Best-selling adaptation of The Essex Serpent – tearjerker with a sea serpent

Oysters and fishing boats, mist and marshland: Colchester is 50 miles northeast of London and was considered unattractive, cold and provincial in Victorian England.

The six-part mini-series “The Essex Serpent” follows a wealthy widow from London who moves to Essex for months in 1893 – first to Colchester, then to the nearby (and fictional) village of Aldwinter.

Is a Plesiosaurus a threat to fishermen and children?

A sea snake was sighted there. A Darwin reader and amateur paleontologist, Cora Seaborne searches for fossils and bones. And after a living Plesiosaurus that survived in the North Sea – and today threatens fishermen and their children?

Sarah Perry’s historical novel “The Essex Serpent” was published in 2017. The flowery language, the flowery cover picture and Perry’s desire to play with romance clichés, to break them or live up to them, made the book a bestseller.

The Apple TV+ film adaptation stars Tom Hiddleston (“Loki”) as village vicar and family man Will, and Frank Dillane (“Fear the Walking Dead”) in a surprisingly complex role as London surgeon Luke.

Contrite and abusive men

Both men are contrite, abusive, lovesick and, would this all be set in 2022, always on the verge of posting online: “The arrogant widow just wants friendship?! Cora put me in the friendzone. Nasty chicken!”

That was already the intention of author Perry: “Victorians were modern people,” she says of the period 1837 to 1901, when Queen Victoria reigned. Science, industrialization, slums and the will to progress are major themes in the book and series. And while the village braces itself against the sea serpent in an increasingly irrational, superstitious and silly way, completely different, more worldly secondary characters and themes become increasingly important: the socialist (and lesbian?) Martha and her fight for social housing, Cora’s eleven-year-old son, who lives in seems introverted and a little removed in the series, but serves bad autism clichés in the novel. And most exciting: Cora’s personal self-realization and the question of whether her money, her enthusiasm and her hunger for life do more harm than good.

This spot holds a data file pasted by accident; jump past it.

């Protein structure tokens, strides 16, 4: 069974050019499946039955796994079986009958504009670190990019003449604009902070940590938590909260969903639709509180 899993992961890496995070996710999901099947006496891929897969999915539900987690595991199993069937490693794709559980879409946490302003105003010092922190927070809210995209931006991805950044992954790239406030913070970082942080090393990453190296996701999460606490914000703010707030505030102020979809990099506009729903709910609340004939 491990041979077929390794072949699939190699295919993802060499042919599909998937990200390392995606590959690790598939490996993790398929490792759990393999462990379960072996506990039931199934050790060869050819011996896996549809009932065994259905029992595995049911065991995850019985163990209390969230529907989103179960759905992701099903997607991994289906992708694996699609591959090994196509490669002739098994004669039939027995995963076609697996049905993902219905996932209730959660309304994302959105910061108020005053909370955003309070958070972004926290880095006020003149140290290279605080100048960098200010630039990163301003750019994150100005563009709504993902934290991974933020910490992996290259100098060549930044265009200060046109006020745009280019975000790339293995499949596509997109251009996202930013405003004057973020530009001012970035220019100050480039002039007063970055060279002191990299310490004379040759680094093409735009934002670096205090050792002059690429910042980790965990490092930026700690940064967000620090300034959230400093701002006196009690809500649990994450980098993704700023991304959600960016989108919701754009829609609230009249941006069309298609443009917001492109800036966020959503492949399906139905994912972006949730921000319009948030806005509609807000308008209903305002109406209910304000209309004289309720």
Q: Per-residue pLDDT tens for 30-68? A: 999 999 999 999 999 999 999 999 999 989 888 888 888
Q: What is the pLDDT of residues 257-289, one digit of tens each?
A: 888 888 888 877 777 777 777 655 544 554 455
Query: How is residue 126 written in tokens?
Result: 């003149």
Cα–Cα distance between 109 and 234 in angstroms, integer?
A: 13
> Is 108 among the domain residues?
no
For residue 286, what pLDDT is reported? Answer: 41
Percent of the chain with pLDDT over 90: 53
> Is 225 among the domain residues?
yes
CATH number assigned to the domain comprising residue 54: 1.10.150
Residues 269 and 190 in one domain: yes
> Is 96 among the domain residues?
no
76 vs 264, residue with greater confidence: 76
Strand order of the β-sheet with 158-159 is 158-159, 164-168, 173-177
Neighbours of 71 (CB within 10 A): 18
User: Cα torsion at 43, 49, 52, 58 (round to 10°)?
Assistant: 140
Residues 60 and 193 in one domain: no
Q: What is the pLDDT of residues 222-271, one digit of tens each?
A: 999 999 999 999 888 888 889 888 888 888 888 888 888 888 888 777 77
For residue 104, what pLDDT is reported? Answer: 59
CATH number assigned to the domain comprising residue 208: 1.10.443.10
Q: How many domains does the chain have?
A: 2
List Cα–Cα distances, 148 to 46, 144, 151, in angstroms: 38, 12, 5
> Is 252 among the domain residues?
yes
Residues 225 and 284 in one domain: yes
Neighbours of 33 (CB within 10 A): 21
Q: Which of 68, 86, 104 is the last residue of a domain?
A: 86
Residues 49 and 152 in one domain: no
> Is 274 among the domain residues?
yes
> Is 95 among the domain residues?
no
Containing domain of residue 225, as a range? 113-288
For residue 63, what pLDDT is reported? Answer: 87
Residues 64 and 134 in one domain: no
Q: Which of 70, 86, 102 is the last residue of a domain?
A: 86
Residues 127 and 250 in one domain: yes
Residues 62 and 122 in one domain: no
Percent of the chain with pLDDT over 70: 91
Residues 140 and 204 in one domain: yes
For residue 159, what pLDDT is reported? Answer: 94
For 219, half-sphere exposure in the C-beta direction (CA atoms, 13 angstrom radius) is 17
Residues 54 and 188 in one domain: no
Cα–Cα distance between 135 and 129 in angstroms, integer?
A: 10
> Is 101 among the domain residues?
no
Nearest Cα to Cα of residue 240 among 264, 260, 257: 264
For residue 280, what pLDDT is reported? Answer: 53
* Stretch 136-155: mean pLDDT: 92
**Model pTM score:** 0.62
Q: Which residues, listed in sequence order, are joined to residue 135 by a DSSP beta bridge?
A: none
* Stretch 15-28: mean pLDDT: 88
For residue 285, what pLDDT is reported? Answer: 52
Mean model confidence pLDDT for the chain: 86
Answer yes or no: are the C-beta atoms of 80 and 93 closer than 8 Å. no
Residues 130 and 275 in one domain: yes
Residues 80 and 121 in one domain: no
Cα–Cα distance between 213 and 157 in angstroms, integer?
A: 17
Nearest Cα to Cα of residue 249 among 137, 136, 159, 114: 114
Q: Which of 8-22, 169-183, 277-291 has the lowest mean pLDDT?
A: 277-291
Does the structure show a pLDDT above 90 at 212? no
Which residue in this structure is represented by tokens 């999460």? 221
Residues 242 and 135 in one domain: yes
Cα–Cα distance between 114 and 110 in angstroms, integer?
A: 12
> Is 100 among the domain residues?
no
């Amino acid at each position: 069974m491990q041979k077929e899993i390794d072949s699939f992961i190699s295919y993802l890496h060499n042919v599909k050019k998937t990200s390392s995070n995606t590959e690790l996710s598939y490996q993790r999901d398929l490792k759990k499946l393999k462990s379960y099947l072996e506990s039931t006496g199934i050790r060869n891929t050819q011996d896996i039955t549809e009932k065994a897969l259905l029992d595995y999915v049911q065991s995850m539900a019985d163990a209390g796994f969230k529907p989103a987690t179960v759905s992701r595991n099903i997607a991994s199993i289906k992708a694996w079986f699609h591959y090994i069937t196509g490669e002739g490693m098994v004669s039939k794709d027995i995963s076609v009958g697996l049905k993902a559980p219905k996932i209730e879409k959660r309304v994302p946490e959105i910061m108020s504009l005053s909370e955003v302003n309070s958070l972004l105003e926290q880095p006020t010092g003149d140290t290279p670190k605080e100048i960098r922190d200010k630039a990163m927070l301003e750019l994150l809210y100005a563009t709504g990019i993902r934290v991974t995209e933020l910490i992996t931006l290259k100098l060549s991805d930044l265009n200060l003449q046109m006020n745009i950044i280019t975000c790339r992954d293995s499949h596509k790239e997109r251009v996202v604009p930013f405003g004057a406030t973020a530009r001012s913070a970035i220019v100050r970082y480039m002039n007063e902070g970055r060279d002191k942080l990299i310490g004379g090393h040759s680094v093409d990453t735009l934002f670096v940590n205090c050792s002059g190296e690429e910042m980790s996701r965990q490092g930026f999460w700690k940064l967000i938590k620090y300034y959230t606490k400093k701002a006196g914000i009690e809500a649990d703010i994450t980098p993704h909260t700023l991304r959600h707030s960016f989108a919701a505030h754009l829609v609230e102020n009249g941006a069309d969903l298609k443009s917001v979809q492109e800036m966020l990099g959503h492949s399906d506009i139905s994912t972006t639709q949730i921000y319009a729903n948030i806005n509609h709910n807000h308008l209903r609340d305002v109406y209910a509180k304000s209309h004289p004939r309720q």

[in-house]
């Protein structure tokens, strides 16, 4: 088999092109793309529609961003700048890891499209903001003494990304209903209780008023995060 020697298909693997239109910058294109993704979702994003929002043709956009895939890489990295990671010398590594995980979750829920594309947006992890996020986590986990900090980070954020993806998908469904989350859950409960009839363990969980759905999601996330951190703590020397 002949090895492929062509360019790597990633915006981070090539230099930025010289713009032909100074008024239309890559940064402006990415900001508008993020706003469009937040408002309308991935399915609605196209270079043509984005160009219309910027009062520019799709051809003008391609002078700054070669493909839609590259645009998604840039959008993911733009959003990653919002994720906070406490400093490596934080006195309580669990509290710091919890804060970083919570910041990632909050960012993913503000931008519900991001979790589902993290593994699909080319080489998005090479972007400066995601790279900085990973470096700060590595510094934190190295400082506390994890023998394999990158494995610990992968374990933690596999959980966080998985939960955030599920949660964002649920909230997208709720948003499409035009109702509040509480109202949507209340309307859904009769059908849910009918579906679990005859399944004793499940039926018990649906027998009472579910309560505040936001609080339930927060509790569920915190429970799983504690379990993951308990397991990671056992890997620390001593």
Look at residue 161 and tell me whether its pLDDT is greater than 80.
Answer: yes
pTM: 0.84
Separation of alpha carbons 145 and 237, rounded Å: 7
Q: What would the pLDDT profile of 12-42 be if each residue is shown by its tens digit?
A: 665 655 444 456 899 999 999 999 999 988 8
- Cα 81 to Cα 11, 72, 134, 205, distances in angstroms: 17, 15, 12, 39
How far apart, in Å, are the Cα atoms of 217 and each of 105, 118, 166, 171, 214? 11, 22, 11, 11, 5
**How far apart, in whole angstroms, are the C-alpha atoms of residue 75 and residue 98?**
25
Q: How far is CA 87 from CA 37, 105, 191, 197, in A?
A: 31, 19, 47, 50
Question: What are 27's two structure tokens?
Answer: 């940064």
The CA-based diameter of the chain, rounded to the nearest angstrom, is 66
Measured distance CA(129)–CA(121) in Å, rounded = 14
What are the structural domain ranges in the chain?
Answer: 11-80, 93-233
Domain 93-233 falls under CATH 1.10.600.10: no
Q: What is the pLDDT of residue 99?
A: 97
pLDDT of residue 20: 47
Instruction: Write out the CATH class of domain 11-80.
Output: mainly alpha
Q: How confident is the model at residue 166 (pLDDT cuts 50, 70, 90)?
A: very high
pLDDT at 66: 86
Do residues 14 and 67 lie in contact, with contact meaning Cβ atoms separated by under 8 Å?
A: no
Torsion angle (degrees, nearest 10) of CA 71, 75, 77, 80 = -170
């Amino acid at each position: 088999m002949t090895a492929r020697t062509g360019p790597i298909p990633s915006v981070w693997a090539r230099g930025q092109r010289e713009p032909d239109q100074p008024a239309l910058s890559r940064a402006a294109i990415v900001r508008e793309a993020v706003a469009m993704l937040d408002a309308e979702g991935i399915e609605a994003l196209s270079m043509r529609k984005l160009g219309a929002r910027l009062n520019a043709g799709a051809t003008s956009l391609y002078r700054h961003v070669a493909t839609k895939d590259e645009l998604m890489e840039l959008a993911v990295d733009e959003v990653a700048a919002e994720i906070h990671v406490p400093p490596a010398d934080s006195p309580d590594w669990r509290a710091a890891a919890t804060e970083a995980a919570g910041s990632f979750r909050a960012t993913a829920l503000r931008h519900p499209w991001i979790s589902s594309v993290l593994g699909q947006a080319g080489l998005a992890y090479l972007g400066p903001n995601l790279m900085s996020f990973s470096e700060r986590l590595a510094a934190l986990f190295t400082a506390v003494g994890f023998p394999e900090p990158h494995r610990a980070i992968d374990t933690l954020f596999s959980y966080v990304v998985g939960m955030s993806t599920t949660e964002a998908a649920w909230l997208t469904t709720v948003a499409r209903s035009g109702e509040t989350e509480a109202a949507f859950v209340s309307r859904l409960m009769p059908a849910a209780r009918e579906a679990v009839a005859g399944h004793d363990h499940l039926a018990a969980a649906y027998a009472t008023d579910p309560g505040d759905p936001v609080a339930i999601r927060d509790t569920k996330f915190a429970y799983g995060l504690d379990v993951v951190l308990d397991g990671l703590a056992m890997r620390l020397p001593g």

Twists that often seem thrown out

Claire Danes (“Homeland”) plays Cora as an imposing, fickle woman who experienced violence in her marriage and will never again submit to anything – no god, no convention. An award-worthy, never one-dimensional representation in an often surprising network of characters that carries six episodes well.

Despite this, almost no one can be satisfied with this series. Anyone who likes monsters (or is looking for at least two or three coherent theses and images as to why the irrational and supernatural was so central in Victorian England) will see less and less from episode to episode.

Anyone looking forward to great feelings and romance will find twists and turns, solutions and misunderstandings that often seem to have been thrown out: very surprising, but loveless, arbitrary. Where Mulder and Scully argued about science and faith for years on “The X-Files,” Parson Will has nothing deeper to say.

Claire Danes throws everyone against the wall

There are villages and London slums, surgeons and vicars, a widow and sightings of a creature in the water in the series – but without any deeper reference, connection or interesting dynamic: Martha could be a lesbian, Cora’s son is probably autistic. Claire Danes throws everyone against the wall.

Six episodes, that’s enough time to build as surprising, atmospheric individual scenes as possible from a rather unsuccessful book template and its many ill-considered, loveless elements. But the overall picture? Like a path that meanders lively at first. Then more and more haphazard twitches. And ends up going nowhere.

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